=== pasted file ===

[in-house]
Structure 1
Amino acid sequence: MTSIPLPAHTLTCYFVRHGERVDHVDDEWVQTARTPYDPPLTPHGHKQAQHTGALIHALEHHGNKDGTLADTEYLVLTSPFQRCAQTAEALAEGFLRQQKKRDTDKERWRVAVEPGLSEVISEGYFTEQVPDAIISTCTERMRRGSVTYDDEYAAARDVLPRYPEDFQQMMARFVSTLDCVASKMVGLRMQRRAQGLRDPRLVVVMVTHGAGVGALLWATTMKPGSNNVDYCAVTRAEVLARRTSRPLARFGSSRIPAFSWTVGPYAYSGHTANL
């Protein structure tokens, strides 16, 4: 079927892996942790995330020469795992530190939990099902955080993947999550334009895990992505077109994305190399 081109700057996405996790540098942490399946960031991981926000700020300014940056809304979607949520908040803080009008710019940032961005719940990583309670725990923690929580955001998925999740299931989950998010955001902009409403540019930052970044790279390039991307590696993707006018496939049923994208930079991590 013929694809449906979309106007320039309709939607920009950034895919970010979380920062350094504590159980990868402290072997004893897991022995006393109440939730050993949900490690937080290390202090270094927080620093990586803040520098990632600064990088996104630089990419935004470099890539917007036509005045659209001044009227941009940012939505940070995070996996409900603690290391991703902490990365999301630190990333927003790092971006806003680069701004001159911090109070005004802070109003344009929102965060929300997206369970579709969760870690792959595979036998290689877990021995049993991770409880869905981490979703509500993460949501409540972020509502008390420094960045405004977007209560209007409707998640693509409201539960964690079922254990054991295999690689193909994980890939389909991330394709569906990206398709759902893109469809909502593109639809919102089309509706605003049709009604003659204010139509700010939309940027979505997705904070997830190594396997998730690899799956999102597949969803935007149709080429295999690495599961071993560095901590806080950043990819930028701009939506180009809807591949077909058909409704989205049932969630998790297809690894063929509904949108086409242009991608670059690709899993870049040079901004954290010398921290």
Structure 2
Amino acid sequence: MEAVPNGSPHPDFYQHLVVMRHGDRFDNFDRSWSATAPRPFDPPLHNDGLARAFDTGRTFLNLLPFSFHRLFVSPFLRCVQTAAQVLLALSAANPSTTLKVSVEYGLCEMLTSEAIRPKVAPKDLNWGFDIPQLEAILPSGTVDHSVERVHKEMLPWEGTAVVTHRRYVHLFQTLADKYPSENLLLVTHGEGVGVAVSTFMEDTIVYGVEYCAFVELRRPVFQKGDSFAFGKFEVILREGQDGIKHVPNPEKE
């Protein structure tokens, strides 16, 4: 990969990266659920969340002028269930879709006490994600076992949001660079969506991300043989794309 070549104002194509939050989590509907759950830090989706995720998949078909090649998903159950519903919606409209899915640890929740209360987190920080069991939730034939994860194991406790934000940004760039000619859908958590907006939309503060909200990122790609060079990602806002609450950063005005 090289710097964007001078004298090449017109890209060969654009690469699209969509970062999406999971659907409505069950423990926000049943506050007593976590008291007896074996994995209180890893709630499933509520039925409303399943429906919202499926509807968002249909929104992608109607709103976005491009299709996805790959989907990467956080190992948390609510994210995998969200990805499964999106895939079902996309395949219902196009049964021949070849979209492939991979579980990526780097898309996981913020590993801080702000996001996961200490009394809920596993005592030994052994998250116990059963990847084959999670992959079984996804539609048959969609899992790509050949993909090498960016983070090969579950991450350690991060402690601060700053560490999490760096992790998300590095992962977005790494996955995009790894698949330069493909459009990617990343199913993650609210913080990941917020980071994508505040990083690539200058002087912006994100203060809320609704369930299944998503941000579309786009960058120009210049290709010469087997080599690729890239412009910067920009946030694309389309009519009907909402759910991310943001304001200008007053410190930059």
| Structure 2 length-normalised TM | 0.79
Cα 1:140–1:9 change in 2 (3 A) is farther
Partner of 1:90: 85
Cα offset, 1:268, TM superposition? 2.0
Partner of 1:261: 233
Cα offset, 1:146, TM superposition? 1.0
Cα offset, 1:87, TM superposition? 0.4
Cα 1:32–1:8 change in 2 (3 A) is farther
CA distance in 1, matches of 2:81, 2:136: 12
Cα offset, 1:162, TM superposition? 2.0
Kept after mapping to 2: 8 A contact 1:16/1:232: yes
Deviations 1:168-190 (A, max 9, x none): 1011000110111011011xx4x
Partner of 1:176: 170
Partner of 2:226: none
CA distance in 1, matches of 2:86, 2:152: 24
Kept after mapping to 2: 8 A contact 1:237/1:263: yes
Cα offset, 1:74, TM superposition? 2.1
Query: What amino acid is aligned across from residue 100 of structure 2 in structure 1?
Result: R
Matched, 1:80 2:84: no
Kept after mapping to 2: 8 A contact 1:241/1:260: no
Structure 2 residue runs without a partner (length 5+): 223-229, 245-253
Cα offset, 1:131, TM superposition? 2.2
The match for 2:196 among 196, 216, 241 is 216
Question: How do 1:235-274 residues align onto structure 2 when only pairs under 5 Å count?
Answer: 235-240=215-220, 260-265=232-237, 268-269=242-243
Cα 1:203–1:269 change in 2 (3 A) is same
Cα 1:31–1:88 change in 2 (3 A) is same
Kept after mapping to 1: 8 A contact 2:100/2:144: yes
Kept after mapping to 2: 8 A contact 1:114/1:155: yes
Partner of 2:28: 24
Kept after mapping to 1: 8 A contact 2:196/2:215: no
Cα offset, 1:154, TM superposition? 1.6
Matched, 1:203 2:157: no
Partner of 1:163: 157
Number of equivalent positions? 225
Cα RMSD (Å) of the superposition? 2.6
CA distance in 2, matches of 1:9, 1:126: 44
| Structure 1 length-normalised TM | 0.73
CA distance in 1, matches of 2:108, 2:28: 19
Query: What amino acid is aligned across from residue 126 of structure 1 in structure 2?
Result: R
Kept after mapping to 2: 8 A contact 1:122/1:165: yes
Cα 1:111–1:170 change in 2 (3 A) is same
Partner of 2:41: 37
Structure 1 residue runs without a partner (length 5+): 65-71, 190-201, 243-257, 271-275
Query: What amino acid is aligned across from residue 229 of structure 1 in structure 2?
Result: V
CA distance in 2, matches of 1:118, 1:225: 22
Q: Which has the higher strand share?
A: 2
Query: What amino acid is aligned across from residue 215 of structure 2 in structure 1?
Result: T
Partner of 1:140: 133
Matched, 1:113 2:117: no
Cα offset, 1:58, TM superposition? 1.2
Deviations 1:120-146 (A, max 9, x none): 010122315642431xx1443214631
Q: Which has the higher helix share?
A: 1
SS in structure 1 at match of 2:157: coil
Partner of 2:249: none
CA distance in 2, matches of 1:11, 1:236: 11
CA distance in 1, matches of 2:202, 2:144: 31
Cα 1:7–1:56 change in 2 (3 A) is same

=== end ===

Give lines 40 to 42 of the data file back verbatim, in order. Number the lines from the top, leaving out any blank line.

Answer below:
Cα offset, 1:154, TM superposition? 1.6
Matched, 1:203 2:157: no
Partner of 1:163: 157